Rusting cars, piles of gravel, mangled bits of metal, and unruly weeds surround a white shipping container perched in the middle of an industrial park 10 miles southwest of Butte. On the surface, the Butte AeroTec facility doesn't look like much. Inside the shipping container, however, another story unfolds. Four black computer screens hang above a window that opens to a view of a rocket-testing site. "This is what we call our control room," says Dave Micheletti, the director of the Montana Aerospace Development Association.
Yes, there are rockets in Montana. And rocket scientists.
Micheletti helped form this nonprofit in 2002 to incubate and grow the aerospace industry in Montana. In 2009, MADA joined forces with the for-profit, Silicon Valley-based Space Propulsion Group. Now the partners say research at the ramshackle Montana facility could revolutionize space travel. "It could be applied to systems capable of taking tourists in space," says Brian Cantwell, retired chair of Stanford University's Aeronautics and Astronautics Department and a founding member of SPG.
Information is gathered in the site's control room via a spider web of wires that connect sensors at the rocket testing site, hundreds of yards away, to a series of computers that allow aerospace engineers to glean, among other things, how fast hybrid rocket fuel burns.
Cantwell, along with Mustafa Arif Karabeyoglu, who earned his doctorate at Stanford, developed the fuel that's being tested in Butte. Made with paraffin and liquid oxygen, it's essentially candle wax with an oxidizing kick. The propellant is environmentally benign compared to conventional rocket fuel, which is made with things like perchlorate, a chemical found in drinking water across the country that has been linked to thyroid problems.
SPG researchers say paraffin-based propellant is also easier to handle than traditional fuel, which is stored as a fluid or solid. Fluid, for one, leaks. As for solid propellant, once it ignites, it doesn't stop, making it tough to control.
Because paraffin power is cheaper and safer, Cantwell and his peers hope it will make space travel more accessible—for everyone. The Air Force appears to agree that there's something to SPG's technology. It recently renewed a five-year contract with the company, which will enable it to continue its work in Butte. "They're actually the key government entity that is supporting this research," Cantwell says.
That's good news for Micheletti. A Butte native, he says he's been working pro bono for the past 10 years with his boyhood friend Jim Kambich to grow MADA and Montana's fledgling aerospace industry. "Both of us are committed to the wellbeing and the future growth of this community," he says. "That's the primary driver."
Micheletti and MADA launched the Butte facility two years ago. Before that, he earned a master's degree in engineering science from the University of Idaho. He also worked for heavy hitters in the aerospace realm including Boeing and the Air Force. Meanwhile, the third-generation Montanan always envisioned coming home to Butte somehow.
But decades after nearly all of the copper mines that grew the historic city shuttered, the local community continues to weather economic uncertainty. It's tough to make a living here, where windows in many of the tall brick buildings dotting downtown are broken and covered with plywood. "I decided I wanted my kids to be raised here," Micheletti says. "I wanted to do what I love, too. So I thought, 'Well, I'm going to try to find a way to build my own activity here rather than rely on somebody else.'"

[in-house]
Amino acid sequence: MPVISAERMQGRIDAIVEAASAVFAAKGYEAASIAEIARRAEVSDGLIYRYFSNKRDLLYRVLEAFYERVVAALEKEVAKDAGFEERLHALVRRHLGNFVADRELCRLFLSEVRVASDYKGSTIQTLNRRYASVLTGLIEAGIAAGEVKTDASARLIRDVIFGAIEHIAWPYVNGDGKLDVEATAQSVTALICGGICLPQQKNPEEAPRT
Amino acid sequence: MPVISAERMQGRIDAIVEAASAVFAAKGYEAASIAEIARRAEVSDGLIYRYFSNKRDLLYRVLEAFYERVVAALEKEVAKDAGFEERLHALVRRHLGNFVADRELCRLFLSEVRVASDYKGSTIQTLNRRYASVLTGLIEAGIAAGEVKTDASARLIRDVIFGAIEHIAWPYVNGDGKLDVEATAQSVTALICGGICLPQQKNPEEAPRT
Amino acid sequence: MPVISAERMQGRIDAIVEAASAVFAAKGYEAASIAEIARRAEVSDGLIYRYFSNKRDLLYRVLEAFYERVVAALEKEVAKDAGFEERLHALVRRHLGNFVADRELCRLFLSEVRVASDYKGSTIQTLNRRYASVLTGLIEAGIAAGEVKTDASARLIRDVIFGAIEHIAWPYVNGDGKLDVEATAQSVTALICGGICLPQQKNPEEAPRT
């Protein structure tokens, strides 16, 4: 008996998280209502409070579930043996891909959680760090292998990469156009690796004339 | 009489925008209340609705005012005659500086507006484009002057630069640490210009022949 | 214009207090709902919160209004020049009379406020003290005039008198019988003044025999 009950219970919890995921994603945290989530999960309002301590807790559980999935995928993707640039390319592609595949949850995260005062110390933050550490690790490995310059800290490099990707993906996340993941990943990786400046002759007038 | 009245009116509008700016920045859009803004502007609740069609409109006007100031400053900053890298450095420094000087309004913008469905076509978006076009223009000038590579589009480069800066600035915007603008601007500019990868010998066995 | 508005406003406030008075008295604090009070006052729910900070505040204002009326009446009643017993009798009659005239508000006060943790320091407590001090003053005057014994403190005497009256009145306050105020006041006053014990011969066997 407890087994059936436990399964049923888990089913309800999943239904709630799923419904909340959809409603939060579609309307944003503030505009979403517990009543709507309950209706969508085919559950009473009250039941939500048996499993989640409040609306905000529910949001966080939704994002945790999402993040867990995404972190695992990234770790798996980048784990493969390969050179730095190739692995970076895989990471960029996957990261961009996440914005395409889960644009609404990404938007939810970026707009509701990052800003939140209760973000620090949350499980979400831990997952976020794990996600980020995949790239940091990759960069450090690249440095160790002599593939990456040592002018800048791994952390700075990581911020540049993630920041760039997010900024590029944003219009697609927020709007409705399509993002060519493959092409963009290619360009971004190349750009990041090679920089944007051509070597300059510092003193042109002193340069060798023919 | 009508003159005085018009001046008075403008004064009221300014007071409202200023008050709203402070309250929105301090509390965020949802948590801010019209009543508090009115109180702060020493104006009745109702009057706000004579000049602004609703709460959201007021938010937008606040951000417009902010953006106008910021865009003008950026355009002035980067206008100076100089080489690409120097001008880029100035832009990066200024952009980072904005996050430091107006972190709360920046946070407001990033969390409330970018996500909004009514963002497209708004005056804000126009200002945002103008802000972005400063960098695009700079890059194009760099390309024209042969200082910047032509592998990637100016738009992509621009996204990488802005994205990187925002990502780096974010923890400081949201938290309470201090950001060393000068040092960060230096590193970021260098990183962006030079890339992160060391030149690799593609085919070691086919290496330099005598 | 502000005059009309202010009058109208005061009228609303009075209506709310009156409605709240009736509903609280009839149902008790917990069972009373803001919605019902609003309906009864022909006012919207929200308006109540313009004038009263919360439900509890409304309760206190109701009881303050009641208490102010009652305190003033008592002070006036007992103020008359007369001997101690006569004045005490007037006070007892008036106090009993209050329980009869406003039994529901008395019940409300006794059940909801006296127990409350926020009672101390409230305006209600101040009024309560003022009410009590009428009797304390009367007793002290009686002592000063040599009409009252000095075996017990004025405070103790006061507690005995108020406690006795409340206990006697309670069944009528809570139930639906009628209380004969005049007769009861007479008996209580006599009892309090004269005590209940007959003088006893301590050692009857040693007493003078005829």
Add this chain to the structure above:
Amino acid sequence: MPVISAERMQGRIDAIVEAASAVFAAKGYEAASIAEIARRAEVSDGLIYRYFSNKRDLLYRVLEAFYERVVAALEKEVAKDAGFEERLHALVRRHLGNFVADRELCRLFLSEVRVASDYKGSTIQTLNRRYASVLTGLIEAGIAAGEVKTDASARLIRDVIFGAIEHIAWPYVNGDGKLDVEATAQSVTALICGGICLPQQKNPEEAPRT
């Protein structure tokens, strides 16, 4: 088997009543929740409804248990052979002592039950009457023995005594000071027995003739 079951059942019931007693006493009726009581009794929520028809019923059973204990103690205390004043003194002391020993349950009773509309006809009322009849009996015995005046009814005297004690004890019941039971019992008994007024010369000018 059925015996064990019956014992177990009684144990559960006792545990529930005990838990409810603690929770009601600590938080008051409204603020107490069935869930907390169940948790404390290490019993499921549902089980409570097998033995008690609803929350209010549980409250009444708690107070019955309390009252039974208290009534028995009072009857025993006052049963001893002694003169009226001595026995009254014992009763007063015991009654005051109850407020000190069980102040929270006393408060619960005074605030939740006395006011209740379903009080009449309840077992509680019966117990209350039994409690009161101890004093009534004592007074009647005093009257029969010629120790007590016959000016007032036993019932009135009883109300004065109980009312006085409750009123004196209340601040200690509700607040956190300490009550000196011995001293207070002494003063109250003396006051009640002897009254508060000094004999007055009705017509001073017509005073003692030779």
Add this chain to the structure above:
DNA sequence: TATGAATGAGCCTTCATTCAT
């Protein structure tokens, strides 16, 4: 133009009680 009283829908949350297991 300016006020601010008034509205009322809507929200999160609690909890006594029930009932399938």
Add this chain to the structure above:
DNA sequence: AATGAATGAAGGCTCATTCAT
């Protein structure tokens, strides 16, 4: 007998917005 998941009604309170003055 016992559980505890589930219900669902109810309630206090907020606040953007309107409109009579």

He called Kambich, who through his work with the Montana Economic Revitalization and Development Institute specializes in forming public and private partnerships. The two set about lobbying local, state, and federal governments along with private industries to secure financial and political support. In 2002, they formed the nonprofit MADA.
MADA achieved a significant victory when it wooed SPG to Butte. The public-private partnership reflects a trend that's increasingly taking place at the federal level. In fact, as NASA retires the last of its shuttle fleet this year—Endeavour launched for the final time Monday—the agency is beginning to contract much of its workload to for-profit entities.
That could bode well for SPG and MADA.
Since 2009 the partners have successfully conducted a series of tests of an 11-inch-diameter rocket. On January 18, however, during the first test of a 24-inch-diameter rocket, something went wrong. An explosion shook scientists and destroyed the steel-sided enclosure the rocket was anchored in. No one was injured. "We felt the shock wave, of course," says Micheletti, who was in the control room. "There was a pretty good sized fireball."
Micheletti and his peers believe a leaky valve allowed liquid oxygen to pool and, once ignited, caused the blast. They resumed testing on April 28. They now use a new test cell surrounded by three concrete walls and topped by a 2,300-pound steel blast net that hangs from a thick chain.
For the first time, at the end of April, engineers in Butte tested a lightweight, flight-ready fiberglass outer casing that resembles real-world space technology, rather than the heavier steel casing used in earlier trials. Cantwell says he hopes to eventually fire up a 50-inch-diameter rocket in Butte. "This could be the basis for a vehicle that could launch very small payloads," he explains.
As for Micheletti, he's delighted that SPG recently opened a small Montana office in downtown Butte's historic Thornton Building.
"This is starting to have pretty good economic impact," he says.